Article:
JULIETTE and Han Verdel of Beverley say they are just one example among hundreds of people whose lives have been turned upside down by Australia’s complex visa system.
The Dutch couple have called Australia home for the past eight years, but now face deportation to the Netherlands, possibly before they get a chance to sell their home.
The Verdels arrived in Australia in 2004 under 457 visa sponsorship and Mr Verdel quickly set up a business, which was set to lead to permanent residency.
But in early 2009, the business fell victim to the global financial crisis and went into receivership, removing the Verdels’ permanent residency prospects.
Undeterred, Mr Verdel secured another, lower-paid 457 visa sponsorship within 28 days, but it took the Department of Immigration and Citizenship 11 months to grant the new visa, by which stage there was no longer a job available.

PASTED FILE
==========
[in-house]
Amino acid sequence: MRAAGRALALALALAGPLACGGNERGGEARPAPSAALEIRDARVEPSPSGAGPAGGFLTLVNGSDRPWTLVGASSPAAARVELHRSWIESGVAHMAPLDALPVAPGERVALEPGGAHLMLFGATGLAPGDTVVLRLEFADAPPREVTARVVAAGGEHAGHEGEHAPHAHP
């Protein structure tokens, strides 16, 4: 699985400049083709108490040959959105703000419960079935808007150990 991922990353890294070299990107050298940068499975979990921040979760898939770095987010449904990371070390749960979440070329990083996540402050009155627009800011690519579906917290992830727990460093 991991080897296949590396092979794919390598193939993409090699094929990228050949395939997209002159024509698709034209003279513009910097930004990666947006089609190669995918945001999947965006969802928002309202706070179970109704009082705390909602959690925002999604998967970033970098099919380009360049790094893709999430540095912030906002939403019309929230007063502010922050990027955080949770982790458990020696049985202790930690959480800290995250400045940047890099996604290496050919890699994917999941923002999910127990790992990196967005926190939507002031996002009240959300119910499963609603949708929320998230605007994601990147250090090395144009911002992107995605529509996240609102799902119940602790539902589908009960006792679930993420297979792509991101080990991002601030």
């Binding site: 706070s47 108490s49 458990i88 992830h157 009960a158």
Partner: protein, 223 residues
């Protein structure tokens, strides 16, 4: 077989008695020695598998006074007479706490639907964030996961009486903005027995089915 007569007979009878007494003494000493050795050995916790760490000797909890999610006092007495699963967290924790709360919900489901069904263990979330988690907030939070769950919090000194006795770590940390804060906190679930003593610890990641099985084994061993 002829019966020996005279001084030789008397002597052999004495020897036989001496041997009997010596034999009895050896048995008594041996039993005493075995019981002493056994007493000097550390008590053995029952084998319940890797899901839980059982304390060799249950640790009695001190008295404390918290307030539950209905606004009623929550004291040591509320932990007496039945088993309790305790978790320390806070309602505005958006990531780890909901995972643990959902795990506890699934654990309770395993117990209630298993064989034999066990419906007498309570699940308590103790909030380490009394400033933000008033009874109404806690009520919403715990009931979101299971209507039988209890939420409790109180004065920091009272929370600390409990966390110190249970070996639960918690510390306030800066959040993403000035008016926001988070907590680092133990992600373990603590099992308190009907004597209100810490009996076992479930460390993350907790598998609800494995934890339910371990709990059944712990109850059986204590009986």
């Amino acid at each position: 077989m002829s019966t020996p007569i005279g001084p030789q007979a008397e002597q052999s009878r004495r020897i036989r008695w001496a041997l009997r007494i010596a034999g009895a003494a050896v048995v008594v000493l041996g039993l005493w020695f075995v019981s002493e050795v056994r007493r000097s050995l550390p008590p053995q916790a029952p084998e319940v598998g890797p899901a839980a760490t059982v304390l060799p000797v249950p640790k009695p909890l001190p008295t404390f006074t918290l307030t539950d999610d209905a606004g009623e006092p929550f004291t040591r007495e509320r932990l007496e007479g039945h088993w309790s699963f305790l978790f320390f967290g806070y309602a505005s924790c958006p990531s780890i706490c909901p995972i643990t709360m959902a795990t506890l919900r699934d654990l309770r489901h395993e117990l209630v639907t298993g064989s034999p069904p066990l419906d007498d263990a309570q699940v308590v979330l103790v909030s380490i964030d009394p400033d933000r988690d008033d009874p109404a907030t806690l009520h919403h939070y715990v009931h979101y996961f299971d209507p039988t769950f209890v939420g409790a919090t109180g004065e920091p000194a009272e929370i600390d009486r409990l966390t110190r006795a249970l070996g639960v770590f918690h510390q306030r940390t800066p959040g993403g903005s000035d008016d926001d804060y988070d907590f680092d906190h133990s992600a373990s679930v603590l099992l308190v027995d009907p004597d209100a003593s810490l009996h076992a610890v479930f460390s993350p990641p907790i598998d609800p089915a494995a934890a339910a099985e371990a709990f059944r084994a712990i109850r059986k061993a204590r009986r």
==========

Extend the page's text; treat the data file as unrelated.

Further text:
He later took another job but had to resign last November due to a recurring illness.
Under his 457 visa, he could be unemployed only for 28 days before he had to leave.
Mr Verdel said the department had allowed him just five days to argue reasons for the couple to stay in Australia.
He has since been told that he must leave the country by the end of the week.
“The DIAC has not had the courtesy to answer to a letter from our lawyer,” he said.
“Instead, my former employer got a message to buy us a one-way ticket to the Netherlands, which means a ticket to nowhere for us as there is no house or anything waiting for us,” he said.
A spokesman for DIAC said while the department was sympathetic to the couple’s situation, it was up to them to organise the relevant visa.
He would not comment on how the couple found out about their air fare back to the Netherlands through a former employer.